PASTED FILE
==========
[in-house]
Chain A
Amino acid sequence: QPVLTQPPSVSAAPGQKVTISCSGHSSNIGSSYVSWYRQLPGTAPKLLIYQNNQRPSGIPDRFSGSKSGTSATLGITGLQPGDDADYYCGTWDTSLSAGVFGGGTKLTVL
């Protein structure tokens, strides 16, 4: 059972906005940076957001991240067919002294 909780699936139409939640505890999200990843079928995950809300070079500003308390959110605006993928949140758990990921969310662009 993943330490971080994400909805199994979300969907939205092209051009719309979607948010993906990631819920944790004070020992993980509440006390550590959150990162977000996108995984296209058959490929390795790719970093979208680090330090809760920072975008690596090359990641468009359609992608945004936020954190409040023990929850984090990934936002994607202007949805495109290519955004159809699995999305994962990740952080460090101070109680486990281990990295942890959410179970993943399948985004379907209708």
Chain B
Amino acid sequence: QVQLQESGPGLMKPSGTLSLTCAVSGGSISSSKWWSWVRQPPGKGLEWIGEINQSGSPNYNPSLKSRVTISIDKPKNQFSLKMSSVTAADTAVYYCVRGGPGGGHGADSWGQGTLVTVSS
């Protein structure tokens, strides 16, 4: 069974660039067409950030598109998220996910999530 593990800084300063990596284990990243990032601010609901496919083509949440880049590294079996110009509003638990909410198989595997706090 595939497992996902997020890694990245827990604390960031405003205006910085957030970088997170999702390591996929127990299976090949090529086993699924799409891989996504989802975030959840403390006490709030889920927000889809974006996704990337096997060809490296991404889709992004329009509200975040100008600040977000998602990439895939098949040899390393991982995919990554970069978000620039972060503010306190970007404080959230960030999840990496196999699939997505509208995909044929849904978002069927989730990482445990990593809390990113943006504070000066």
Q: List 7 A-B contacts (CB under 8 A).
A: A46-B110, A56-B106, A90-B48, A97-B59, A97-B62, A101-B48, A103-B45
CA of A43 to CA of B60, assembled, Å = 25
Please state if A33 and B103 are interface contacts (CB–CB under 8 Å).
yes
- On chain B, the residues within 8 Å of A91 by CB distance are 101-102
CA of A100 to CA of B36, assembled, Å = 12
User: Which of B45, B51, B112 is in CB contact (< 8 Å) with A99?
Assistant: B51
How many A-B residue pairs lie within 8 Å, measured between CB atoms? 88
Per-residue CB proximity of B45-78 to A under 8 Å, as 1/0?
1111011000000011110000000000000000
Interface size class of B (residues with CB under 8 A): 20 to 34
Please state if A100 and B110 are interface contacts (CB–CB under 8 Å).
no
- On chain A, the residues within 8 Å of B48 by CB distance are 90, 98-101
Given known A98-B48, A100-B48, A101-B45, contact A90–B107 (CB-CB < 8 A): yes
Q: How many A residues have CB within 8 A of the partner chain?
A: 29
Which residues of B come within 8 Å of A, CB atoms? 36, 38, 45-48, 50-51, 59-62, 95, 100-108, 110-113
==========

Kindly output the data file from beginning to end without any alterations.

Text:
[in-house]
Chain A
Amino acid sequence: QPVLTQPPSVSAAPGQKVTISCSGHSSNIGSSYVSWYRQLPGTAPKLLIYQNNQRPSGIPDRFSGSKSGTSATLGITGLQPGDDADYYCGTWDTSLSAGVFGGGTKLTVL
């Protein structure tokens, strides 16, 4: 059972906005940076957001991240067919002294 909780699936139409939640505890999200990843079928995950809300070079500003308390959110605006993928949140758990990921969310662009 993943330490971080994400909805199994979300969907939205092209051009719309979607948010993906990631819920944790004070020992993980509440006390550590959150990162977000996108995984296209058959490929390795790719970093979208680090330090809760920072975008690596090359990641468009359609992608945004936020954190409040023990929850984090990934936002994607202007949805495109290519955004159809699995999305994962990740952080460090101070109680486990281990990295942890959410179970993943399948985004379907209708």
Chain B
Amino acid sequence: QVQLQESGPGLMKPSGTLSLTCAVSGGSISSSKWWSWVRQPPGKGLEWIGEINQSGSPNYNPSLKSRVTISIDKPKNQFSLKMSSVTAADTAVYYCVRGGPGGGHGADSWGQGTLVTVSS
């Protein structure tokens, strides 16, 4: 069974660039067409950030598109998220996910999530 593990800084300063990596284990990243990032601010609901496919083509949440880049590294079996110009509003638990909410198989595997706090 595939497992996902997020890694990245827990604390960031405003205006910085957030970088997170999702390591996929127990299976090949090529086993699924799409891989996504989802975030959840403390006490709030889920927000889809974006996704990337096997060809490296991404889709992004329009509200975040100008600040977000998602990439895939098949040899390393991982995919990554970069978000620039972060503010306190970007404080959230960030999840990496196999699939997505509208995909044929849904978002069927989730990482445990990593809390990113943006504070000066």
Q: List 7 A-B contacts (CB under 8 A).
A: A46-B110, A56-B106, A90-B48, A97-B59, A97-B62, A101-B48, A103-B45
CA of A43 to CA of B60, assembled, Å = 25
Please state if A33 and B103 are interface contacts (CB–CB under 8 Å).
yes
- On chain B, the residues within 8 Å of A91 by CB distance are 101-102
CA of A100 to CA of B36, assembled, Å = 12
User: Which of B45, B51, B112 is in CB contact (< 8 Å) with A99?
Assistant: B51
How many A-B residue pairs lie within 8 Å, measured between CB atoms? 88
Per-residue CB proximity of B45-78 to A under 8 Å, as 1/0?
1111011000000011110000000000000000
Interface size class of B (residues with CB under 8 A): 20 to 34
Please state if A100 and B110 are interface contacts (CB–CB under 8 Å).
no
- On chain A, the residues within 8 Å of B48 by CB distance are 90, 98-101
Given known A98-B48, A100-B48, A101-B45, contact A90–B107 (CB-CB < 8 A): yes
Q: How many A residues have CB within 8 A of the partner chain?
A: 29
Which residues of B come within 8 Å of A, CB atoms? 36, 38, 45-48, 50-51, 59-62, 95, 100-108, 110-113